coding - Survey and Behavior Survey and Behavior Coding...

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Unformatted text preview: Survey and Behavior Survey and Behavior Coding Coding Coding • Coding is the process of assigning numerical values to pre­specified categories • Codes may be assigned automatically via computer or manually by a person using a coding manual (codebook) Coding Questionnaire Data Coding Questionnaire Data For Every Questionnaire Variable – Each variable (var) should have a name – Typically var names should begin with a letter – Keep it short (3­12 characters) – Var names should be meaningful, and – The question # is generally placed at the end of var. name Scales Scales • Define the positive end of the scale – If possible, assign the larger numbers to the positive end and smaller numbers to the negative end – If there is a “neutral” category, it should be assigned the middle value – Be consistent with the direction of your scales despite their attribute Closed­ended Questions Closed­ended Questions • Numerical codes are typically assigned and specified during the development of the questionnaire item questionnaire • Numerical codes may be visibly displayed on the • • • • Establish standard codes: 7, 97, 997, 9997 Not applicable/Non­responsive 8, 98, 998, 9998 Don’t know 9, 99, 999, 9999 Refused EXAMPLES EXAMPLES • Should all closed­ended questionnaire items be coded? Example 1: Example 2: Answer1………….…...1 Yes……………. …….1 Answer2……………….2 No…………………...2 Answer3…………......3 Don’t know………..8 Other (SPECIFY)…..4 Refused…………….9 __________________ Don’t know…..........8 Codebook Codebook • In the event that you choose not to show response codes directly on the questionnaire, a codebook that identifies each code for each questionnaire item is used for coding during the backend Regardless of your survey method, a codebook is a useful tool. A codebook is a technical manual outlining the questionnaire and any associated programming. The codebook also identifies what the various numbers and letters (codes) mean, and any special instructions on how to use the data properly. • Codebook Contents Codebook Contents 1. A basic description of the study: who/what/how 2. Sampling information: description of the population and sample 3. Number of expected observations, type of interview, canned responses to FAQs and any required study specific information, etc. 4. Details about the data: columns in which specific variables can be found, whether they are character or numeric, and if numeric, what format. 5. Text of the questions and responses: some even have how many people responded a particular way. • Sort responses to open­ended questions into meaningful categories • Typically, responses will be divided into both superordinate and subordinate categories based on commonality. Open­ended Questions Open­ended Questions • Assign a numerical value to categories • Example: Your data reveals a class of items that is related to issues concerning the economy, within this category of items you notice that thus far respondents have included at least 5 variations of this theme, for each respondent, assigned codes will vary because of response, therefore, for one respondent the following codes are applicable for this item: – Superordinate Category: Economic (Code #10) – Subordinate Category Codes: Cost of food (Code #11), Cost of Gas (12), and Banking (Code # 15) codes would be entered into a statistical database: 10, 11, 12, and 15 • For this particular questionnaire item and for this respondentthe following • Codebook: A coding manual used to assign numerical values to each survey response Coding Definitions Coding Definitions • Acceptable Code: A code assigned by an automated coder that is deemed acceptable by an error control algorithm • Expert Coding: Coding by human experts considered the “GOLD” standard • Error Control: An algorithm for controlling the estimated error rate produced by an automated coder • Error Rate: The ratio of the number of correctly coded cases divided by the number of acceptable codes • Feedback Loop: Mechanism for improving an automated coder based on the results of coding test data • Production Rate: The ratio of the number of cases with acceptable codes assigned divided by the total number of cases Different Types of Coding Different Types of Coding • Closed­ended Questions: Pre­specified numerical categories • Open­ended Responses: Project specific manual • Industry and Occupation: Census Bureau coding index • Medical: International Classification of Diseases, 9th revision • Geographic: Federal Information Processing Standards Index or the US General Services Geographic Index • Military: Department of Defense Occupational Conversion Manuel • Dietary: US Department of Agriculture • Automated and Behavioral Automated Coding Automated Coding • Codes are assigned using a computer without human interaction • It is very rare that a computer will assign 100% of the codes to all cases, so a coding manual is usually produced to supplement computer coding doing it manually depends on the relative cost associated with the activity • Typically, the decision to use automated coding over • The process of automated coding involves: carefully constructed category classifications, training, test, and validation data; software development; and error and quality control methods Behavioral Coding Behavioral Coding • Focuses on the interaction between the interviewer and the respondent • Relies on overt cues during questionnaire administration; Interviews typically tape recorded through observation • It is a passive activity, no probing, completed solely • Behavior codes are designed to identify and examine situations that exemplify interactions that indicate different types of cognitive issues in interviewing Behavioral codes assess: Behavioral codes assess: 1) interviewer question­asking behavior (ex.: skip instructions, administration) 2) immediate response behavior of respondents (requests for clarifications, refusals to answer questions) 3) respondent interruptions, and 4) the number of times and length of the number of pauses respondents’ use while answering questions ...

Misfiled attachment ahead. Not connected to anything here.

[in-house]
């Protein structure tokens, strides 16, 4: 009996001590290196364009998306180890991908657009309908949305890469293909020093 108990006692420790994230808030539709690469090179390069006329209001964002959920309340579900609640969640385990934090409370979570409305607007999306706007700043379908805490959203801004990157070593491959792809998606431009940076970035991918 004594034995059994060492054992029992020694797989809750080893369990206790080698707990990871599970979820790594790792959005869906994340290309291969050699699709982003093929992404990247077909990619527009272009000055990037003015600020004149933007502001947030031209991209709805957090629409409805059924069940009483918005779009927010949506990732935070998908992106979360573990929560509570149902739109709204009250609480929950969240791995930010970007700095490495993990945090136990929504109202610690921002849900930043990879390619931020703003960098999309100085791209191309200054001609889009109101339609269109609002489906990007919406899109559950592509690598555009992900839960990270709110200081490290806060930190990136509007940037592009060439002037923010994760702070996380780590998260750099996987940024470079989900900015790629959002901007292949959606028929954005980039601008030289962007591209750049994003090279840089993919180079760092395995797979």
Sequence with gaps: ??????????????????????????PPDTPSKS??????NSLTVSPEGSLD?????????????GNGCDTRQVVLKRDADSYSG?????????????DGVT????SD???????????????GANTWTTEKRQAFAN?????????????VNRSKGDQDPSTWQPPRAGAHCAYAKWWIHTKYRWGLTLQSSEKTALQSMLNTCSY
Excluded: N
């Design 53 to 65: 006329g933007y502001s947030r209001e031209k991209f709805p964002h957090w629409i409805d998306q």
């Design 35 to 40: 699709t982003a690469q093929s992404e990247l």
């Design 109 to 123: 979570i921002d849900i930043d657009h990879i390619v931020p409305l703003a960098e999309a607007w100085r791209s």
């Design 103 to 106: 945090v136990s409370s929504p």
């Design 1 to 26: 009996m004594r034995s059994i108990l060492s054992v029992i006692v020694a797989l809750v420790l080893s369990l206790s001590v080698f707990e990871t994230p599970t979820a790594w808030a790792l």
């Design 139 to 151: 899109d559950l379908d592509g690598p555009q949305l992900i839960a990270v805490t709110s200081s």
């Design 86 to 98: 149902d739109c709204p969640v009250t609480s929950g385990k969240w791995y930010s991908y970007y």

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This note was uploaded on 06/11/2010 for the course EPSY 589 taught by Professor Carolynanderson during the Spring '09 term at University of Illinois at Urbana–Champaign.